From the New York Times :
The meteors would have been smaller than the six-mile-wide meteor that struck the Yucatán peninsula 65 million years ago and led to the mass extinctions of the dinosaurs. The killing effects of the hypothesized bombardment 12,900 years ago would have been more subtle.Like much of Science, it's a detective puzzle. We have clues, parts of the jigsaw, and it's up to us to look for more parts while fitting together what we have into a coherent whole. Some of the parts fit really well:
Climatologists believe that the direct cause of the 1,300-year cold spell, known as the Younger Dryas, was a sudden rush of fresh water from a giant lake in central Canada to the North Atlantic.
Usually a surface current of warm water flows northward in the Atlantic toward Greenland and Europe, then cools and sinks, returning south in the deep ocean. But the fresh water, which is less dense, blocked the sinking of the cold, salty water in the North Atlantic, disrupting the currents.
That sudden change in plumbing has long been known, but what caused it has never been satisfactorily explained.
The authors of the paper in Science say it was meteors.
At each site the scientists looked at, the diamond layer in the rocks correlates to the date of the hypothesized impact. Within the layer, the scientists report finding a multitude of diamond particles, all encased within carbon spheres. “We’ve yet to find a single diamond above it,” Dr. West said. “We’ve yet to find a single diamond below it.”Some though might be from another puzzle altogether.
Perhaps more telling, the scientists reported last month at a meeting of the American Geophysical Union in San Francisco, the carbon atoms inside some of the diamonds are lined up in a hexagonal crystal pattern instead of the usual cubic structure. The hexagonal diamonds, formed by extraordinary heat and pressure, have been found only at impact craters and within meteorites and cannot be formed in forest fires or volcanic eruptions, Dr. West said.
Last year the scientists presented other evidence of an impact, including elevated levels of the element iridium.
At least some skeptics are not convinced. “The whole thing still does not make sense, and there are lots of contradictions,” said Christian Koeberl, a professor of geological sciences at the University of Vienna in Austria.Science is like that. Eventually the contradictions are resolved, though gaps may remain, and a new, better picture emerge in time. Most of what we think we know now is correct, but almost all of it is incomplete. Some is just plain wrong of course, but usually it's merely an approximation that has exceptions we don't know about yet.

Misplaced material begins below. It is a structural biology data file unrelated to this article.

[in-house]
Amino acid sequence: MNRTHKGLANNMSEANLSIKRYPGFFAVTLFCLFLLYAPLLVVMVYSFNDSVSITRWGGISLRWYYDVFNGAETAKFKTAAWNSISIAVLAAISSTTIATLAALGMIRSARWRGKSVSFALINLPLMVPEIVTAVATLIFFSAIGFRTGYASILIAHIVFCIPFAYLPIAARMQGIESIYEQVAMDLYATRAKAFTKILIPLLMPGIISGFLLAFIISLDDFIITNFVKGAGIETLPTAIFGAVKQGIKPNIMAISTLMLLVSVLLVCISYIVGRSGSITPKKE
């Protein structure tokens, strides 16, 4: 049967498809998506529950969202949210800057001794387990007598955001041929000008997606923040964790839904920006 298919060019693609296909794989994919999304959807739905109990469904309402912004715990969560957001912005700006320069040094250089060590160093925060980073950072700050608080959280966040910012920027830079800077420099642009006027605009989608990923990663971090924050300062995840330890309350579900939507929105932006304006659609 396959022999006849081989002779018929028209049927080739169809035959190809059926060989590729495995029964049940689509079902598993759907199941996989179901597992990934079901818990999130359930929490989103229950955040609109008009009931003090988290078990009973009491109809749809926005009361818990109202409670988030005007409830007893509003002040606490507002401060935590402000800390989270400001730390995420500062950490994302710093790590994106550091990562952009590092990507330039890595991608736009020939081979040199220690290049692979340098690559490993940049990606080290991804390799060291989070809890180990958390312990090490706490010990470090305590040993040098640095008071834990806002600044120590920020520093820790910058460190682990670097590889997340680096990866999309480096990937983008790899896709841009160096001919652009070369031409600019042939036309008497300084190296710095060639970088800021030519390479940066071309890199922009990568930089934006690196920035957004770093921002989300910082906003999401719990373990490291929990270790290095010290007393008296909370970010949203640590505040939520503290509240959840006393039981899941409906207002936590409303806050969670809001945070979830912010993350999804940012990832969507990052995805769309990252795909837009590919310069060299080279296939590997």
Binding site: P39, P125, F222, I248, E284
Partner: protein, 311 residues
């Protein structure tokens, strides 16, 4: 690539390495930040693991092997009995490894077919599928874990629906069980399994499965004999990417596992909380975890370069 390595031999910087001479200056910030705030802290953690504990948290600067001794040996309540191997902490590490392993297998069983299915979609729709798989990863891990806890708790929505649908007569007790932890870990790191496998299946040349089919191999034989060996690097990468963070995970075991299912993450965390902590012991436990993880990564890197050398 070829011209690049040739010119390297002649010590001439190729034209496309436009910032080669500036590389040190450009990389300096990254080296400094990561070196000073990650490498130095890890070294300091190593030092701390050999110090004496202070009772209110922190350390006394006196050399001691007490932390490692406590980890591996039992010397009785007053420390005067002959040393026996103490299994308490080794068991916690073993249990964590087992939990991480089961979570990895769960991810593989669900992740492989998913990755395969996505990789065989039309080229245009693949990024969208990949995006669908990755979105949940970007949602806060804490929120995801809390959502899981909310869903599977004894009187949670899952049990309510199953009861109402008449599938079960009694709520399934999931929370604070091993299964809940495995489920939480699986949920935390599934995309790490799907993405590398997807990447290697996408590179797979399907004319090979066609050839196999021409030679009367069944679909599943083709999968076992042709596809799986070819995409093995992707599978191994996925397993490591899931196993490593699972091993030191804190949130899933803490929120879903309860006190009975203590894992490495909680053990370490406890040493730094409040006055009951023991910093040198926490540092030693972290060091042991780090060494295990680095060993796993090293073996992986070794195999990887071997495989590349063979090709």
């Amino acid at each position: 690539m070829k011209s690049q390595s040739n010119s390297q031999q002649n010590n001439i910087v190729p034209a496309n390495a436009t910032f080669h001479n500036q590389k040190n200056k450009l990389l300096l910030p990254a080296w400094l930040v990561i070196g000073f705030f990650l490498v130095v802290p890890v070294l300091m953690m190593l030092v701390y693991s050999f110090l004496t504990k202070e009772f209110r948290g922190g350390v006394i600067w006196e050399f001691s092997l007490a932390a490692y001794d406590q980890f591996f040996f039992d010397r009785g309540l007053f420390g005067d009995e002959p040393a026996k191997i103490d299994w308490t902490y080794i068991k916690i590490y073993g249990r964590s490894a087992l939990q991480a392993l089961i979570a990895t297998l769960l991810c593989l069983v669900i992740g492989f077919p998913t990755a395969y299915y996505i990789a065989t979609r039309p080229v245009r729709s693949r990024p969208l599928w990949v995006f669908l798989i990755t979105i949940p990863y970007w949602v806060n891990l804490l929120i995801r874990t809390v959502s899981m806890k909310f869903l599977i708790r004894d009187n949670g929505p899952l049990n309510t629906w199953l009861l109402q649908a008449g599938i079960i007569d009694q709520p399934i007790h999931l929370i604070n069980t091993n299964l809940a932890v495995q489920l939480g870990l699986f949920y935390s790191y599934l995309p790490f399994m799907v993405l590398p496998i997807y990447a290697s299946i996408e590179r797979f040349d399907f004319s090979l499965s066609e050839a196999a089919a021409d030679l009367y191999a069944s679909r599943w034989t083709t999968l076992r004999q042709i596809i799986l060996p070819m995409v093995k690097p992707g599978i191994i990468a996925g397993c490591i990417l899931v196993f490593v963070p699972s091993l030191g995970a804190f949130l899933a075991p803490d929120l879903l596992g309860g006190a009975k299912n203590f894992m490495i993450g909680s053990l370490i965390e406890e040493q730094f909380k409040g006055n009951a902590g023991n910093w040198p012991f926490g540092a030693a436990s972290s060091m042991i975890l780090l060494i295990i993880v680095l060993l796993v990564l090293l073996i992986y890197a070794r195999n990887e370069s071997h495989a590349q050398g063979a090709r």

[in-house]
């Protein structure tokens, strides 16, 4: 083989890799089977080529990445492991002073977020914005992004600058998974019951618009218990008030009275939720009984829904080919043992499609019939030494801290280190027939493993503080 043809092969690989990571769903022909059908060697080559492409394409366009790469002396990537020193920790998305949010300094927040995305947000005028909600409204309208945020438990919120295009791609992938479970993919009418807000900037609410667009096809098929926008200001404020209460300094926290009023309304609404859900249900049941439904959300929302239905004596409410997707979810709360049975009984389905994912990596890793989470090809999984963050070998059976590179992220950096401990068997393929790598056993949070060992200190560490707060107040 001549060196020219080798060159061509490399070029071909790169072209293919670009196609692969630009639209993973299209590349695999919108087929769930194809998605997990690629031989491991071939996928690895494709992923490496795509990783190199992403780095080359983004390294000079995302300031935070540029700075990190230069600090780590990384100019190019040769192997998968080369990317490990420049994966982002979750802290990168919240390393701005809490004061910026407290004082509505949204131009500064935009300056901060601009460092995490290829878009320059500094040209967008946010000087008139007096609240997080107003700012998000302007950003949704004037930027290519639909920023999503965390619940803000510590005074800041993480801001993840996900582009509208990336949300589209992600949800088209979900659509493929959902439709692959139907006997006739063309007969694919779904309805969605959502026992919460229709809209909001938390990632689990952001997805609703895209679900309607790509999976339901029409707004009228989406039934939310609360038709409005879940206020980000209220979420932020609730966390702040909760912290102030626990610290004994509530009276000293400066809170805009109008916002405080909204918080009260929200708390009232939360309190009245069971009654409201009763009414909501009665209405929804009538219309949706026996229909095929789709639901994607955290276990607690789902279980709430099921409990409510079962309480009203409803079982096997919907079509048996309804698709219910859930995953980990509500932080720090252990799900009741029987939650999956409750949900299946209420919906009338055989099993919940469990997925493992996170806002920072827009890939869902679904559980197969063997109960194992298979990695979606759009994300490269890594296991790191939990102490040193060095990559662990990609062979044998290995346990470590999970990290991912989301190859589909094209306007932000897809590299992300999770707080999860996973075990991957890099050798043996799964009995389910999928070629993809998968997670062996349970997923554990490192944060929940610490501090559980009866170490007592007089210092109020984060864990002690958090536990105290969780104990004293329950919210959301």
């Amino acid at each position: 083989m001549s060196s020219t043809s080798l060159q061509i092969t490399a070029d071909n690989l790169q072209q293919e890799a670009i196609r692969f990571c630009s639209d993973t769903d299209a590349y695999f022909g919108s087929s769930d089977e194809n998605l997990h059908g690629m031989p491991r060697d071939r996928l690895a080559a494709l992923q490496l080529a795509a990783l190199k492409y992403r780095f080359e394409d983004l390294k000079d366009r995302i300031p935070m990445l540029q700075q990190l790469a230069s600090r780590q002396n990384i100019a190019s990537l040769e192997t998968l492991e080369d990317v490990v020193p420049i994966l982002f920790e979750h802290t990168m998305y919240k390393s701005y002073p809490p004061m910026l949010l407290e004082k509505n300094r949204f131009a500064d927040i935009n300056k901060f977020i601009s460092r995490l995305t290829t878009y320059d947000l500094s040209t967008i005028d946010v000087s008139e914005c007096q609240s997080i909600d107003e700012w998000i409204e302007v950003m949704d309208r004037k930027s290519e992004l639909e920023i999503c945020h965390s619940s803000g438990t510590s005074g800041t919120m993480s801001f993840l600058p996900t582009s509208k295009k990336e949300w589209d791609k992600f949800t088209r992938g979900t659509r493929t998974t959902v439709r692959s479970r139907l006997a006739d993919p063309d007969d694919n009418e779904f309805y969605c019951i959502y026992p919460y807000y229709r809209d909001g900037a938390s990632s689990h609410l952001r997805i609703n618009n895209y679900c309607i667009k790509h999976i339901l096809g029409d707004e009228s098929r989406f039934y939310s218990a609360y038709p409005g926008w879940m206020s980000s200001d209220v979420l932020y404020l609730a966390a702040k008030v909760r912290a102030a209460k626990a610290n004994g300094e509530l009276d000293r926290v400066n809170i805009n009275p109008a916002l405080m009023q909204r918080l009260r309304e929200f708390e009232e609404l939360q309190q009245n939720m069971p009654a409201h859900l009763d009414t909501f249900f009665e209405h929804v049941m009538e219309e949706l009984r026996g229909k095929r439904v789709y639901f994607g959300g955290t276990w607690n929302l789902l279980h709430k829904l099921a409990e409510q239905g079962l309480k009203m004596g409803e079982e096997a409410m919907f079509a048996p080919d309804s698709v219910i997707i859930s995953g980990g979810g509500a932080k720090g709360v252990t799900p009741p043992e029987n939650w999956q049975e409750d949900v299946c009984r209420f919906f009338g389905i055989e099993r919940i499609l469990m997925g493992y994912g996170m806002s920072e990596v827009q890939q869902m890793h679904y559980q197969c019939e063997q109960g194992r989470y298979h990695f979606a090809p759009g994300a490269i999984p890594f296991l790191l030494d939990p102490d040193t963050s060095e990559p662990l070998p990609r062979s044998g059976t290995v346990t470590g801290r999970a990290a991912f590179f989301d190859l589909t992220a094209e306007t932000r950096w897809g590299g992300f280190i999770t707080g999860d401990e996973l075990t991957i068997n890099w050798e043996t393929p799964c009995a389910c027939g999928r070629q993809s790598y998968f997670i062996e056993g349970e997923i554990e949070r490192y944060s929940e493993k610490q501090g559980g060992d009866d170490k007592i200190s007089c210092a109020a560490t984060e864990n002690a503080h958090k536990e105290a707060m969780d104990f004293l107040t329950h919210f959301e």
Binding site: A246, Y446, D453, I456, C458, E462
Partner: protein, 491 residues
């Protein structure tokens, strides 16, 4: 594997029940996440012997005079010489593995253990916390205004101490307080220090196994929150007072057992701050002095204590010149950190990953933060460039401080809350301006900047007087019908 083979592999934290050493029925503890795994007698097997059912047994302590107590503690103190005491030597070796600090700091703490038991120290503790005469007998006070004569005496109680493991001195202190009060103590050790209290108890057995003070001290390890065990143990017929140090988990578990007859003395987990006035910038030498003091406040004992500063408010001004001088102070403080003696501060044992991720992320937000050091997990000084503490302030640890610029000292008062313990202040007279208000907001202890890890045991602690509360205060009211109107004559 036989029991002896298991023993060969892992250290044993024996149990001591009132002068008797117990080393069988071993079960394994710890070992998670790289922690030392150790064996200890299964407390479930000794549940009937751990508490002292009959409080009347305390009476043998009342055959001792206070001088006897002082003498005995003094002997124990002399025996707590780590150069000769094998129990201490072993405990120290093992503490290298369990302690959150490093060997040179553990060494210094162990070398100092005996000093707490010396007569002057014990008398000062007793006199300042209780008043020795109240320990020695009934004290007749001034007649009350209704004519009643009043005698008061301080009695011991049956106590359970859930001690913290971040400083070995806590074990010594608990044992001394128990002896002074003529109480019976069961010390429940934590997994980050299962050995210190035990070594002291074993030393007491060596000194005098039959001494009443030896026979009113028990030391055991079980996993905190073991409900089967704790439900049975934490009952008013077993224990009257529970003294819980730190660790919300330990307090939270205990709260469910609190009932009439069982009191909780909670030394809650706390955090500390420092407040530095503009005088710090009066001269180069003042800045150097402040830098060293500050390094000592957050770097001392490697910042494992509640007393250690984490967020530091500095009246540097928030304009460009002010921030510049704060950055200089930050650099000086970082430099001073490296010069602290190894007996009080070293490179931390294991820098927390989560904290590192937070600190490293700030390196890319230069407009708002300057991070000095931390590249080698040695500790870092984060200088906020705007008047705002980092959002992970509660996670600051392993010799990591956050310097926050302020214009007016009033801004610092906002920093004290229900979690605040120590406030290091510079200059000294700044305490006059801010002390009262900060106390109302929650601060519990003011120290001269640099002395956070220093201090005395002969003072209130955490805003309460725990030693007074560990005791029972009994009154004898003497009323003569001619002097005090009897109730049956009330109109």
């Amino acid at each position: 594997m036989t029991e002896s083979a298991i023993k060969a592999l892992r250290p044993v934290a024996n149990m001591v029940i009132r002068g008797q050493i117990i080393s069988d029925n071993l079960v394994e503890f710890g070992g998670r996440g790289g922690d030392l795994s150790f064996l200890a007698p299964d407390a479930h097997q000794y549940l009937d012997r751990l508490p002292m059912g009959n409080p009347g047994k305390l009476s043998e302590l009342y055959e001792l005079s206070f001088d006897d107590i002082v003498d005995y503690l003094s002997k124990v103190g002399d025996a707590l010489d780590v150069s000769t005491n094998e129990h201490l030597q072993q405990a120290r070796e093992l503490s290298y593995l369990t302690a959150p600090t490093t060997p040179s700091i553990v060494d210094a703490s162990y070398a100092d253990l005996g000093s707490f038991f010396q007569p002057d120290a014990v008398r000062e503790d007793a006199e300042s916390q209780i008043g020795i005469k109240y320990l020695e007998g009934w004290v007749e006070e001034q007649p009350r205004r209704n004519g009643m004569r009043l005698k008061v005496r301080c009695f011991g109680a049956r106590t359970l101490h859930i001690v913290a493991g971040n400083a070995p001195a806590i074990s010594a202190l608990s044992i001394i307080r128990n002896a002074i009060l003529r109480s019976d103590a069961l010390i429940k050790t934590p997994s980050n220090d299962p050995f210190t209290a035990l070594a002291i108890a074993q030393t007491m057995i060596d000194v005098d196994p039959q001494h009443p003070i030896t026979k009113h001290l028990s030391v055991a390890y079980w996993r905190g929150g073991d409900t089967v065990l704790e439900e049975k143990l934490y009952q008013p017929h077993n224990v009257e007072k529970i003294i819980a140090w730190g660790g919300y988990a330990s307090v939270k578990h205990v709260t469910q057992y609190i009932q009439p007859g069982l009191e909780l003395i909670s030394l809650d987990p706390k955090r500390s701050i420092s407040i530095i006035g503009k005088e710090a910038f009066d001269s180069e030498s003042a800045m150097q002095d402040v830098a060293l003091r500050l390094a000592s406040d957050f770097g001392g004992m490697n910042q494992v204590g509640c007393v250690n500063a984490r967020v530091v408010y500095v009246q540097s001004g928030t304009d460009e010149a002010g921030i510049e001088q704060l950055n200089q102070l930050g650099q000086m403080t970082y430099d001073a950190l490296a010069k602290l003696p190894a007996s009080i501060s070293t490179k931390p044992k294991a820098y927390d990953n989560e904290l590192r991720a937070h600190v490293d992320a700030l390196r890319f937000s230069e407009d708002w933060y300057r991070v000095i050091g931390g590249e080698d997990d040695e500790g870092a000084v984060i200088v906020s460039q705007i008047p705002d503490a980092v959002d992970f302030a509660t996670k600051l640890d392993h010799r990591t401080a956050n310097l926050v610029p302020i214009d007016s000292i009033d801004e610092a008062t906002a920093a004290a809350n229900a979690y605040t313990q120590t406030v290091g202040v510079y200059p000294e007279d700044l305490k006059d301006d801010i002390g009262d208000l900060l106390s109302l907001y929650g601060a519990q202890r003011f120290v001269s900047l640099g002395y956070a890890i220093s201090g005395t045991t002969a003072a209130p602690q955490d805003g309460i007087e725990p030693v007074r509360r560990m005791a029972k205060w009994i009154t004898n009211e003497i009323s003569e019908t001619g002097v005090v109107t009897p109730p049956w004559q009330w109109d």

His chief reservation is that there is no crater. “A body of this size does not just blow up without a trace in the atmosphere,” Dr. Koeberl said. “Physics won’t have it.”
Proponents have suggested that the meteor hit an ice sheet a couple of miles thick or that there was a series of smaller objects that exploded in the air. But Dr. Koeberl said something hitting an ice sheet would still generate a hole in the ground underneath, and he questioned whether smaller impacts or air explosions would produce the shock waves needed to make diamonds.
An impact should also have left remnants of melted rocks and shocked minerals, Dr. Koeberl said.
But if true, the hypothesis could explain the disappearance of ice age mammals like mammoths and argue against the alternative idea that the animals were hunted to extinction by humans.Did I mention that Science is Fun?
It might also help explain the disappearance of the Clovis people, a culture named after a distinctive arrow point discovered in a mammoth skeleton in Clovis, N.M., who are believed to have arrived in the Americas more than 13,000 years ago.
Douglas J. Kennett, a University of Oregon archaeologist who is the lead author of the Science paper, said no Clovis points or bones of the extinct animals had been found above the diamond layer. “It seems those two things synchronously end,” he said.
Dr. Kennett said there also appeared to be a gap of several centuries between the disappearance of the Clovis and the resettlement by other people.
Gary Huss, a scientist at the University of Hawaii, Manoa, who was one of the early reviewers of the paper in Science, said though the scientists had not proved their case, they had offered enough evidence that the idea warranted a closer look by others.
“They have a hypothesis that explains several things that hard to explain any other way,”